As we neared the middle of the stream, the storm which had shown above the hills, and which we had so little regarded, burst upon us with the force of a tornado. At once all was confusion and uproar, the affrighted animals rushing hither and thither, tipping the boat this way and that as if it were a mere eggshell. Still we might have come safely to land, had not the boatman, bewildered by the uproar, lost even the semblance of habit, and failing to keep the bow resolutely to the wind, allowed it to drift hopelessly to one side. At this, and with scarcely an interval in which to cry “God help us!” the wind and waves, acting together, lifted the little craft high in the air, and holding it aloft for a moment as if in mockery, turned it bottom side up.
Before this, and as the storm arose, my father and mother stood at the bow of the boat, and happily for me I had not dismounted, but pushing to a place beside them, awaited, childlike, the coming shore. When the hurricane struck us I remember to have laughed, for storms have ever had an attraction for me, and to this day nothing gives me greater pleasure than to listen to the wind as it sweeps through the trees or spends its strength on whatever object impedes its course. I had no thought of danger, else why this great boat which seemed capable of withstanding any strain? My mother’s fears and my father’s anxious face, however, quickly conveyed to me some sense of the peril that threatened us. Nevertheless, the music of the tempest and the fitful gusts of rain and spray that beat in my face would have drowned all thought of danger, had not my mother’s shrill cry, rising above the roar of the storm and calling my name, have startled me out of myself; and now, although half a century has come and gone, I see her, as then, standing by my father’s side, holding her habit with one hand and clinging to him with the other, her paleface directed toward mine in an agony of supplication and fear. As I looked, her lips moved in prayer, as if in this way she would avert the danger that threatened those she loved. The sight brought me to my senses, and rising in my saddle, I waved my hand, and with a look sought to allay or lessen her fears. At this her face relaxed and tears darkened her eyes, as if some part of her prayer was already answered. Oh, blessed, fitful vision of a being and form divine! a glance only, but everyway sufficient for life’s brief span!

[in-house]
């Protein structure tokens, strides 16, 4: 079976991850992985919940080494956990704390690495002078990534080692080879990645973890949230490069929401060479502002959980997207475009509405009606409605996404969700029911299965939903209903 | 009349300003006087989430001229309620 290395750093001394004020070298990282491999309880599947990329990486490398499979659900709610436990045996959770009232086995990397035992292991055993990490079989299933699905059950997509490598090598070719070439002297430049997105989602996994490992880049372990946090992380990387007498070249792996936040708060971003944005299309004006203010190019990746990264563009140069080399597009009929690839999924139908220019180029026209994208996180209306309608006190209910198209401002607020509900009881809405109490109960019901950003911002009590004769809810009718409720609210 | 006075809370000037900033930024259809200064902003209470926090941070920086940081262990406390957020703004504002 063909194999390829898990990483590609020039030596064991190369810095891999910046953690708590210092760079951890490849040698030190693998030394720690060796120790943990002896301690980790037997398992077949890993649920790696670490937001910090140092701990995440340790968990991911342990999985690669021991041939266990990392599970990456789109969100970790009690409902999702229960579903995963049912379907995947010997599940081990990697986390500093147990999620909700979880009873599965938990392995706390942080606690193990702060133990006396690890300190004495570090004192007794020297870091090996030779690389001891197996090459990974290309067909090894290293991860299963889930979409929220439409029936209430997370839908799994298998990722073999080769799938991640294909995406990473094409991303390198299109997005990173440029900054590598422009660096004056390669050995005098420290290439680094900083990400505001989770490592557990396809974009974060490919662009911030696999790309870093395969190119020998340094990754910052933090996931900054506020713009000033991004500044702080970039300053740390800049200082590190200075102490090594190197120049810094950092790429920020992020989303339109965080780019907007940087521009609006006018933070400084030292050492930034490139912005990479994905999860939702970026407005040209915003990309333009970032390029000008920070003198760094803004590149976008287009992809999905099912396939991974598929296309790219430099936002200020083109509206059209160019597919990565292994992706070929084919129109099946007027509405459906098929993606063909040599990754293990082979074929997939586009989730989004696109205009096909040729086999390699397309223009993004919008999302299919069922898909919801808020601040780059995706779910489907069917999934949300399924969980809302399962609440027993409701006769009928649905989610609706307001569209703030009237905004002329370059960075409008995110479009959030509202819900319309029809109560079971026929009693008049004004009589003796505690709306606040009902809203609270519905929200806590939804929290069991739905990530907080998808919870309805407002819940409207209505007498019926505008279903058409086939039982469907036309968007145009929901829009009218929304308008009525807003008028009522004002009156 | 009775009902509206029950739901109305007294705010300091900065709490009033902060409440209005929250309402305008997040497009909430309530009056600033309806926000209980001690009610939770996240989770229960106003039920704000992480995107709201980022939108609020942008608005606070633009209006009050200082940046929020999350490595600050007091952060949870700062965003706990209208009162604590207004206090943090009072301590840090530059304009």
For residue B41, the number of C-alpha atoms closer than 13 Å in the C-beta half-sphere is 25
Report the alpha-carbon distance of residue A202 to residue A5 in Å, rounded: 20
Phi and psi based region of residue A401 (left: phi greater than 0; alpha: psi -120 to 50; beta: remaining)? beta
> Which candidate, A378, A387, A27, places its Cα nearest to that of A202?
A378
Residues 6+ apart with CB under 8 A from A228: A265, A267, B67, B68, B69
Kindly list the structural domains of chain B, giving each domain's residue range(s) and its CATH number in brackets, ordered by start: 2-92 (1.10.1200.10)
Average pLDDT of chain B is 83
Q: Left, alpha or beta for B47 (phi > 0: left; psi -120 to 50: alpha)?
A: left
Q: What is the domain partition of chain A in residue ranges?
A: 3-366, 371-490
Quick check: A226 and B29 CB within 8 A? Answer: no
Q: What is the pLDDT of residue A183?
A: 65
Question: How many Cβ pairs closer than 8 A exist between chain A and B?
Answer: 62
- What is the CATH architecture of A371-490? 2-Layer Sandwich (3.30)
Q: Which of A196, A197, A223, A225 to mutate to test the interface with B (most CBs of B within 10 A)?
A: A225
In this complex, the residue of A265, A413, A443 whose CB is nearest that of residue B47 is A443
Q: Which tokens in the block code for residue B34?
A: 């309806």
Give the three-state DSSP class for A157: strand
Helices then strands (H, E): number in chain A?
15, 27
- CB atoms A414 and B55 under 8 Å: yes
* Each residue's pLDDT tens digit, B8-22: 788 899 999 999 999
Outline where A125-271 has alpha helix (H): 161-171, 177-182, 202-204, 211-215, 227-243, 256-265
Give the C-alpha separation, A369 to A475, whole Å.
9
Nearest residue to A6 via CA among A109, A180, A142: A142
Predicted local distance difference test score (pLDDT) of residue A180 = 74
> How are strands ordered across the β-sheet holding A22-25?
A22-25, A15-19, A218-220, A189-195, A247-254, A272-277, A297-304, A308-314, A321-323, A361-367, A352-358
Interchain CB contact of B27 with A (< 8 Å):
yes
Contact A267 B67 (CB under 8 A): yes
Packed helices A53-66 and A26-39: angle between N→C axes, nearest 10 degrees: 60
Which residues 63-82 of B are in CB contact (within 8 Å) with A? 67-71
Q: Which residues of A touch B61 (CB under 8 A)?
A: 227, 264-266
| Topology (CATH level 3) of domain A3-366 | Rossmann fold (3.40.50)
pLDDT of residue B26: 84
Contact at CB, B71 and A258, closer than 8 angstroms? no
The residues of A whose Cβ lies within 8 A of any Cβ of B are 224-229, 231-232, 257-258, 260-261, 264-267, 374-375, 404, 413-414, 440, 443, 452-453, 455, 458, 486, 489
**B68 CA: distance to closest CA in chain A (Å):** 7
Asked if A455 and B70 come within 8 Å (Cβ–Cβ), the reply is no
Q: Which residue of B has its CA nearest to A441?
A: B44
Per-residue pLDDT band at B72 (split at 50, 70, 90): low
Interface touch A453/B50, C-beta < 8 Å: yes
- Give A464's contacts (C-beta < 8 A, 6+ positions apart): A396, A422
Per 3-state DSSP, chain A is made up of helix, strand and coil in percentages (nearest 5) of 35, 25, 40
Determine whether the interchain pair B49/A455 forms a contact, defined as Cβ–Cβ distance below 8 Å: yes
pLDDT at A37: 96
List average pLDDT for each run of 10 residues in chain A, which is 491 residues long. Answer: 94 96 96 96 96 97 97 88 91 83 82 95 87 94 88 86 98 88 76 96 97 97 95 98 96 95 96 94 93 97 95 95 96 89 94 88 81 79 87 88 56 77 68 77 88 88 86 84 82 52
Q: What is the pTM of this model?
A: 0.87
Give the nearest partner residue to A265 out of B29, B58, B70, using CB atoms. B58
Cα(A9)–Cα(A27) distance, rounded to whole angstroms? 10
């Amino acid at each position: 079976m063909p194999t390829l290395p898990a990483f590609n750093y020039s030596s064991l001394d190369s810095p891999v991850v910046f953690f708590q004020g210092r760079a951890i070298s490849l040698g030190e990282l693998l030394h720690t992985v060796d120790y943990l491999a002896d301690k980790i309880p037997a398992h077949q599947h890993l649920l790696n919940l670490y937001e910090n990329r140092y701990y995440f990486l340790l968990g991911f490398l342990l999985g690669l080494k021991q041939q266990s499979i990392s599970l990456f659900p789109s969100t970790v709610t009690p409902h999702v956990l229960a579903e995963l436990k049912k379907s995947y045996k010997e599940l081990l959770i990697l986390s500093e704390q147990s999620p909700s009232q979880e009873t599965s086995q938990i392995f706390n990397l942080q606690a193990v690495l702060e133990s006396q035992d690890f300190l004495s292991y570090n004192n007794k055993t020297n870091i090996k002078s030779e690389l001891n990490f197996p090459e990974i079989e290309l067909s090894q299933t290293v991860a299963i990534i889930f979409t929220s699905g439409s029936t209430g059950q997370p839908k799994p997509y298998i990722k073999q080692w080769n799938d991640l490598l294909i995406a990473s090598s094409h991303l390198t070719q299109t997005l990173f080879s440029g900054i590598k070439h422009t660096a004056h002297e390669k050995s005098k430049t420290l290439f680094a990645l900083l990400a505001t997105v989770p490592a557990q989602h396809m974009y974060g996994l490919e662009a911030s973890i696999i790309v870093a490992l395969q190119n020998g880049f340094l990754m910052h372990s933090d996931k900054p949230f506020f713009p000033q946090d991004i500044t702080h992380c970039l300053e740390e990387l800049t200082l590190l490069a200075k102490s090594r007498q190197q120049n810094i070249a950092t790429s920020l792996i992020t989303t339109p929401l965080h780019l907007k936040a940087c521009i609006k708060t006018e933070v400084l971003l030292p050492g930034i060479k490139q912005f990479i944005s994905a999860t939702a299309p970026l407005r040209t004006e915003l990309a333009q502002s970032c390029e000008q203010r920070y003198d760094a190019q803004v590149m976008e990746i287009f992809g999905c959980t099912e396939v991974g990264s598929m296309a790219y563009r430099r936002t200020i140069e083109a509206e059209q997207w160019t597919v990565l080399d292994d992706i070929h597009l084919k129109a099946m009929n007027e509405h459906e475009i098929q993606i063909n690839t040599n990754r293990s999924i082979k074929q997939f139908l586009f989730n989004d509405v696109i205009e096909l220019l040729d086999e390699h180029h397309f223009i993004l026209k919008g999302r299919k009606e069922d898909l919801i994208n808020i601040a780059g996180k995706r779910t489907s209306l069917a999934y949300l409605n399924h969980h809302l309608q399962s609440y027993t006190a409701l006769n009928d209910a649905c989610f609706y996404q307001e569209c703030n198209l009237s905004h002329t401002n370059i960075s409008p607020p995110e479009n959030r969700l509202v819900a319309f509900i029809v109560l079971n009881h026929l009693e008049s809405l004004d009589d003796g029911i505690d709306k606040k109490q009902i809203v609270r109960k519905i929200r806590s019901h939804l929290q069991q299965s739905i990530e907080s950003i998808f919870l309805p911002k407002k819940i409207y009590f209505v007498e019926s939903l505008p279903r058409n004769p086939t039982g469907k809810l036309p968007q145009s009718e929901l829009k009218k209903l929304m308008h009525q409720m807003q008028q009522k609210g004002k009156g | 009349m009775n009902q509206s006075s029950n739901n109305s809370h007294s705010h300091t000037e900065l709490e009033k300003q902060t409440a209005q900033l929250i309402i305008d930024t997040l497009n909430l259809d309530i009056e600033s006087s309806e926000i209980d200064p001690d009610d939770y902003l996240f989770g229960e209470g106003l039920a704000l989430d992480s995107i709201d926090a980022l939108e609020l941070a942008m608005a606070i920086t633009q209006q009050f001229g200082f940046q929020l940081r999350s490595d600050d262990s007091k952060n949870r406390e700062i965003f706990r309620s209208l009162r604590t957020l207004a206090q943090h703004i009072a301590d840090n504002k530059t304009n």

As the storm increased in violence, the wind and waves tossed our boat here and there as if it were but a feather’s weight. At last, when it was plain that the vessel was about to take its final plunge, I saw my father grasp my mother’s hand and drag her to the edge of the boat, crying: “Quick, Margaret, for your life!” Calling to me to cling to my horse and give him free rein, he lifted the great whip he carried and gave the animal a mighty stroke across the back. At this the horse, startled out of himself, sprang forward, clearing the vessel’s side at a bound, and thus in a second I found myself submerged in the angry waters. Coming to the surface, I saw my father a few feet away, supporting my mother, and now, strange sight! she seemed to have no fear whatever—at least her face gave no sign of it; but this was not out of the ordinary, for she was always trusting and womanlike, believing that in his company no harm could come to her. So that now, when the fierce waters swept over her, she clung about his neck with the same confidence, I must believe, that she had felt when he led her to the altar. For a moment we stayed together, but not longer; and as my pony straightened out in the struggle to reach the shore, I called back:
“I’m all right, pap; hold onto mother, and I’ll soon bring you help!”
Oh, hopeful, evanescent spirit of youth! To you naught is impossible or beyond God’s power to help. Of our companions who struggled with despairing cries in vain effort to free themselves from the dreadful wreck, what shall I say except to pray God that I may be spared from ever seeing or hearing anything so pitiful again.